But these fact-versus-fiction arguments are as much a tribute to her intelligence as they are to her willingness to set aside discomfort. She’s the only person I know in real life who reads literally hundreds of books a year. I think the harder conversations (ones she’ll still have just as readily) are those grounded in emotion. Not too long ago, she sat down with a neighbourhood friend to talk about how one of their kids was bullying. Veronica had alerted Sarah to a situation between two school friends, and within a day, Sarah was sitting down with the mom to talk about it. I would have agonized over it and put it off forever; Sarah agonized over it and did it the very next day. She’s also unafraid to wade into issues of long-standing family dysfunction. If one partner in a relationship is leaving the other to do all the heavy lifting; if man-boys are taking advantage of their overly accommodating parents; if elderly siblings have ridiculous late-in-life feuds – Sarah will be the one who says something when no one else does. She doesn’t do this just to be confrontational (and that’s not even how I would describe her approach,) she does it because she knows that we’re capable of being more than we are. She’ll never accept someone (her husband included) saying, “That’s just the way I am.” She knows that everyone can be better.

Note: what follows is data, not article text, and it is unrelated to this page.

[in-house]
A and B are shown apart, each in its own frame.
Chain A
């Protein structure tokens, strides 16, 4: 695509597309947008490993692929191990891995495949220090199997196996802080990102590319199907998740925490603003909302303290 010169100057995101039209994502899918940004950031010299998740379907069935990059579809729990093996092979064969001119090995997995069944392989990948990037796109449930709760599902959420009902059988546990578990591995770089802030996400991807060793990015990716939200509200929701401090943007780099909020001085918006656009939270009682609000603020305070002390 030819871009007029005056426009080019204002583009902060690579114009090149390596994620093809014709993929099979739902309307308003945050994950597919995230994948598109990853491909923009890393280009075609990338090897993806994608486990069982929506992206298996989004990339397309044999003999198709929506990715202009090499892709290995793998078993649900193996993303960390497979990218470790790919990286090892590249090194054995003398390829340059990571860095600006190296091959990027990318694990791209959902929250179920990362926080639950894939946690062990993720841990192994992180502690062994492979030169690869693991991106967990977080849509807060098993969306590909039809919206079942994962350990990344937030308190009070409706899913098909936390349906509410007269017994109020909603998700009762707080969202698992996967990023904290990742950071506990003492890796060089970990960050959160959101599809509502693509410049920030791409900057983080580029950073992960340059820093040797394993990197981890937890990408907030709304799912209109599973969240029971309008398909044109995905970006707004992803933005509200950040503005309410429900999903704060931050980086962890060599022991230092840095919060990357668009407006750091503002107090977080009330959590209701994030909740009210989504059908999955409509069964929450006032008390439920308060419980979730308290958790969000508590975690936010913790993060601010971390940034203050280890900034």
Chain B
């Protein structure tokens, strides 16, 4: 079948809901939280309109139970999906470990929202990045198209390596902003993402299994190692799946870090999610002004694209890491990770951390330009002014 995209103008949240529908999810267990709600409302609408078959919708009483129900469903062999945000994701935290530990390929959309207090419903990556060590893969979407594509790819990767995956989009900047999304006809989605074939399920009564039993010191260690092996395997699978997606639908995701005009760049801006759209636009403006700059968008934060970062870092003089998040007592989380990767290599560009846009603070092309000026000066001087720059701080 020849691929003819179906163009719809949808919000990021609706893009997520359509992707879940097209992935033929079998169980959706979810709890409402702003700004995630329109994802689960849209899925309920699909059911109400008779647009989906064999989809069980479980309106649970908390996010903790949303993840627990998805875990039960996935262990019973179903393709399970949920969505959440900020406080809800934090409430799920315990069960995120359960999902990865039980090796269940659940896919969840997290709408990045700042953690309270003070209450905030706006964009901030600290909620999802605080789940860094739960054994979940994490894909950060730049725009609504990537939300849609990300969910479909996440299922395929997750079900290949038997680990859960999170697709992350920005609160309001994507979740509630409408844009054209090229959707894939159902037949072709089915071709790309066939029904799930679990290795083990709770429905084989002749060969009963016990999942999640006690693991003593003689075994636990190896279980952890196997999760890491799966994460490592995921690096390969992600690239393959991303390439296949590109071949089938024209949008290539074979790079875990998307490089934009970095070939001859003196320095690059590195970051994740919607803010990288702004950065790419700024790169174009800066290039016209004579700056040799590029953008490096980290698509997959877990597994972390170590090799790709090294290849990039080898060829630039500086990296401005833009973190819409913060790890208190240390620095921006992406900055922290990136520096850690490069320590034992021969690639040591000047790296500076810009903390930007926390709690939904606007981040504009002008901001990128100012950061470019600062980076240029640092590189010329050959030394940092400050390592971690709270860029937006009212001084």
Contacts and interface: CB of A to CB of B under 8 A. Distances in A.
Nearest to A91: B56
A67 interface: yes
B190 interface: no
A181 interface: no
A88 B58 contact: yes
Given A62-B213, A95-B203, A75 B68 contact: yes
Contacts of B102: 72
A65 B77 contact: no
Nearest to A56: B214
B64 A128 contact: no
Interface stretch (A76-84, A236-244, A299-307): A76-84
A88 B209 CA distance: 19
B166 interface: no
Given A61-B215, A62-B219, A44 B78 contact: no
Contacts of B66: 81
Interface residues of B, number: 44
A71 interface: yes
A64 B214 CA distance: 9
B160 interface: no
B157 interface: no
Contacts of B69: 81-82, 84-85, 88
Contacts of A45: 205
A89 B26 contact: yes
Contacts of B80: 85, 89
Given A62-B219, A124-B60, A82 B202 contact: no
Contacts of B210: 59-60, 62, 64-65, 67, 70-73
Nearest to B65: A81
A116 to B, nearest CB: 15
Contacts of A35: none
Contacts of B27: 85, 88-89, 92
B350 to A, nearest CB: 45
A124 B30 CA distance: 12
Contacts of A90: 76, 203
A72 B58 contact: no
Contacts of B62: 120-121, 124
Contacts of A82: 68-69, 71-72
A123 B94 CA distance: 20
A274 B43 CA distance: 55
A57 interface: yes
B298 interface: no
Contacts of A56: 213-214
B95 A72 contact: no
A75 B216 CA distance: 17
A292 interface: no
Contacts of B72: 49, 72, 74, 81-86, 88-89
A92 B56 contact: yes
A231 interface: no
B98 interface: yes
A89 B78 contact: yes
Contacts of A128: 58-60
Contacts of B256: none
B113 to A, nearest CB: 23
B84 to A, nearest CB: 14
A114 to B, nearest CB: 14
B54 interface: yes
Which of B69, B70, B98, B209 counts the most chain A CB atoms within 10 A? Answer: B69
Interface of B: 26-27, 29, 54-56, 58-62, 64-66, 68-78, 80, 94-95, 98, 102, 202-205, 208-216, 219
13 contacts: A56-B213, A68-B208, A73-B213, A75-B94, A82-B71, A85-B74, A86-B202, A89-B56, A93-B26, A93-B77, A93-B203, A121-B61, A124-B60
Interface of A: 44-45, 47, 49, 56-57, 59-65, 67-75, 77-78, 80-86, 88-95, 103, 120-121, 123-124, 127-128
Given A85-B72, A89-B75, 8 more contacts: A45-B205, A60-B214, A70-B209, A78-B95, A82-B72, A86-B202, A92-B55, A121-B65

I feel like our kids will know themselves very well because of her. There are things I've learned about myself later in life (thanks to Sarah) that I wish I'd known when I was young. Our kids will be so much better equipped. I hope they'll know and love themselves, but still challenge themselves to grow. Sarah always asks them, "When am I proudest of you? When you try hard and when you're loving." It's how she feels about us all, really.